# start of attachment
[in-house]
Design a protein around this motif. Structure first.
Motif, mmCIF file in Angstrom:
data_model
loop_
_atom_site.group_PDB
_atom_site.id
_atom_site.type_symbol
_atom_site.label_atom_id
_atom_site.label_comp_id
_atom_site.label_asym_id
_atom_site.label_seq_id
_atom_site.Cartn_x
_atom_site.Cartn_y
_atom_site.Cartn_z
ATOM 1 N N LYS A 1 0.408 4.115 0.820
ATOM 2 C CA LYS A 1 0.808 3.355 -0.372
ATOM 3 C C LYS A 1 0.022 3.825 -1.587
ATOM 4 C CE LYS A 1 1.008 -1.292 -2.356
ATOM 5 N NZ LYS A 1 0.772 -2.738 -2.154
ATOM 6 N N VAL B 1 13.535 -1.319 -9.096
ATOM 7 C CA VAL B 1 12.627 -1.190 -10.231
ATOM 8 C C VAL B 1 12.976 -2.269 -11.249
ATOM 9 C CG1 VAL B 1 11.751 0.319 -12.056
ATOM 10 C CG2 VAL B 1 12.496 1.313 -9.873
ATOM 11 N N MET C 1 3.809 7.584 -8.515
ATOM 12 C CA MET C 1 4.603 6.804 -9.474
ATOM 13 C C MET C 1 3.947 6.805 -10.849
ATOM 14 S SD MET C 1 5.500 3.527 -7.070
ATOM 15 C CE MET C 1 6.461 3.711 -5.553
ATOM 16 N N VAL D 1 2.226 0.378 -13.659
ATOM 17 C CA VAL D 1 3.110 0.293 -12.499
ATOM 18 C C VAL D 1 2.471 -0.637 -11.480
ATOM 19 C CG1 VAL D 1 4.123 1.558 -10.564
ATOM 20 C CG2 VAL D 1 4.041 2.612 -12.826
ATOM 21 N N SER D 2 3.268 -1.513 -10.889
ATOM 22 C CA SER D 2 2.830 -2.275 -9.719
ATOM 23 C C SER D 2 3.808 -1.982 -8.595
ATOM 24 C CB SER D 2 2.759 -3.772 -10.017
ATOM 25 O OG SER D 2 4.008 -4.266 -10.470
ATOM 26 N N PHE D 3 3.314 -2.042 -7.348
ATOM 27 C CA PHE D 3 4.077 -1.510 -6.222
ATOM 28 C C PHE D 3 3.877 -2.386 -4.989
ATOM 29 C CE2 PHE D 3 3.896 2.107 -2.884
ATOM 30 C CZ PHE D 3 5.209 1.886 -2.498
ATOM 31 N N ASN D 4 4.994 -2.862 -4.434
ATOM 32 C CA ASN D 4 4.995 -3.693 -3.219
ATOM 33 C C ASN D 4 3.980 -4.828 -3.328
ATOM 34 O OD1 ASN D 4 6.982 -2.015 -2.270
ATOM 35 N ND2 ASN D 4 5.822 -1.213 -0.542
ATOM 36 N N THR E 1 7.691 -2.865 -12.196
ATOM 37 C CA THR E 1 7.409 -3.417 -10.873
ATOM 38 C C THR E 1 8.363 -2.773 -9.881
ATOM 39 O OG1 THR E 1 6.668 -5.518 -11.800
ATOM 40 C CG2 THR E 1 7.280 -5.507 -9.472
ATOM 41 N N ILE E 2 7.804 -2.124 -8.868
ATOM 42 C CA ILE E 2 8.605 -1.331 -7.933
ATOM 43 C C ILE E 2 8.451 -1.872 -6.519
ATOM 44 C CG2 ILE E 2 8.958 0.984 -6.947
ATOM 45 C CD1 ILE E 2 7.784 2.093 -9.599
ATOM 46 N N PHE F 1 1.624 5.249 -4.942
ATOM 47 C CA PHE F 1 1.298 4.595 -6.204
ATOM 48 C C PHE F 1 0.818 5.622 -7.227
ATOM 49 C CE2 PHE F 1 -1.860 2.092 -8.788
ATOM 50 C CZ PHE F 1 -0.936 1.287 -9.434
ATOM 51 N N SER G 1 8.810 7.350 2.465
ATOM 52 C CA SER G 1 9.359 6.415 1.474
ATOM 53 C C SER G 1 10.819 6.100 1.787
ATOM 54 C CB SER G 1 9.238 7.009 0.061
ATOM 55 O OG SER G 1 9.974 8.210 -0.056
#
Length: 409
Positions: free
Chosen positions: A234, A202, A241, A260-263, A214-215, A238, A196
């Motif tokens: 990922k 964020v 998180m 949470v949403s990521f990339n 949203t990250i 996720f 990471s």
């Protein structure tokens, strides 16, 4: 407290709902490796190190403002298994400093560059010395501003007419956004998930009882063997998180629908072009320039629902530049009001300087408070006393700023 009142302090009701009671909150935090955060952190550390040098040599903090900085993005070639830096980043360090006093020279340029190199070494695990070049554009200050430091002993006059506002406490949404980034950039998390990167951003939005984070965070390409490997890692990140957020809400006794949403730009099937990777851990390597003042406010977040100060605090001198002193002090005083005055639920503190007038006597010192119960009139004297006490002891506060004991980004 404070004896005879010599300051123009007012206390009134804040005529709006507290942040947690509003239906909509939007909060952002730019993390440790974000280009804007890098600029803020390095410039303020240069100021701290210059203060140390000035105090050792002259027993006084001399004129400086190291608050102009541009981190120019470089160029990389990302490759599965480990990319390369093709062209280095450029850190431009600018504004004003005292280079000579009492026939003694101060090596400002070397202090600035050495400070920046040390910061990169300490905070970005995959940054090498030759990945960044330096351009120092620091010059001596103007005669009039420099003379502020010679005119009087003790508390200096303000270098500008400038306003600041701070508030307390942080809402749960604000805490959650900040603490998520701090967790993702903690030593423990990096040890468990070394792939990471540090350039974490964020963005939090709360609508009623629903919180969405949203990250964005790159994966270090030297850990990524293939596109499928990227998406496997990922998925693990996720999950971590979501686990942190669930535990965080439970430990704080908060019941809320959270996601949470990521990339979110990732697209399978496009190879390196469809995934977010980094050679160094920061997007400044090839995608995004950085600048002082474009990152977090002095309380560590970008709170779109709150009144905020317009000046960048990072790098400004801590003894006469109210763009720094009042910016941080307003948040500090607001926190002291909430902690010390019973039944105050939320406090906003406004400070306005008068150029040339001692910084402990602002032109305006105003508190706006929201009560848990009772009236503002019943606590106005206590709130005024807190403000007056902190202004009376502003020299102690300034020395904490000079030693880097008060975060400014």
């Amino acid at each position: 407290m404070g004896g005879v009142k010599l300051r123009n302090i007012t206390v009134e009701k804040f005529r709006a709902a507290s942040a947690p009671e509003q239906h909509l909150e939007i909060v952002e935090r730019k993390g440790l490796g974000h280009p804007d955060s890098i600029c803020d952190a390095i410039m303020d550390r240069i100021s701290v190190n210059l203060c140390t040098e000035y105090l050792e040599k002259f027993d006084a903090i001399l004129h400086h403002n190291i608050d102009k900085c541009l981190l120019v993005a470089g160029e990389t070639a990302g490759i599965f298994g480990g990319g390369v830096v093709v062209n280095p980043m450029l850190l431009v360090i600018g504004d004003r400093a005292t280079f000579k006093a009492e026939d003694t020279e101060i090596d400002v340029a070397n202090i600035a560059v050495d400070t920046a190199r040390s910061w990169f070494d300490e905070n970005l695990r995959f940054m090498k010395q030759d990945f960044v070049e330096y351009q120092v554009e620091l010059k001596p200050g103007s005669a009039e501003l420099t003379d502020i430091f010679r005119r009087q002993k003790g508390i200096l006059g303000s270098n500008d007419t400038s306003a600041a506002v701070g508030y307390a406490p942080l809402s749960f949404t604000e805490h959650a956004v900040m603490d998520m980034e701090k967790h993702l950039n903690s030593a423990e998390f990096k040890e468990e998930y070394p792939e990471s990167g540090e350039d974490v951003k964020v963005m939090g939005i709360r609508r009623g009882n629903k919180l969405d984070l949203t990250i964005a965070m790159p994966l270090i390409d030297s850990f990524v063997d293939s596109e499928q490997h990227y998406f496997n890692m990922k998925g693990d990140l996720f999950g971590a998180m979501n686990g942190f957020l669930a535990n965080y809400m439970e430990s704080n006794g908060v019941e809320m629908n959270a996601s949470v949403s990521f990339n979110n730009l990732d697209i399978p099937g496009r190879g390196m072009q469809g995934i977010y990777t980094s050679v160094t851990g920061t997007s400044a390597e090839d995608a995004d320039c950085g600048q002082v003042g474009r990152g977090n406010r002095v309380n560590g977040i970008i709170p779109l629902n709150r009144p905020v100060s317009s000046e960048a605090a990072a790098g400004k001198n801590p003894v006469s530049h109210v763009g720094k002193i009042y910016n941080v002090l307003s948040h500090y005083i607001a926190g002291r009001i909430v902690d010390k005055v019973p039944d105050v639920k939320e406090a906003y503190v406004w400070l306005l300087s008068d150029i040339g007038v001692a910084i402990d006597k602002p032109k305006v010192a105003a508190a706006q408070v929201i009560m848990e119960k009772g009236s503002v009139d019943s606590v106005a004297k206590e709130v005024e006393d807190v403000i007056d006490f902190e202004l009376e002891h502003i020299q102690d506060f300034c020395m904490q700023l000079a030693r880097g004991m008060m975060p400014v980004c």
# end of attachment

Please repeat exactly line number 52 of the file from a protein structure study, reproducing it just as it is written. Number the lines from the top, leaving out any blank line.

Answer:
ATOM 37 C CA THR E 1 7.409 -3.417 -10.873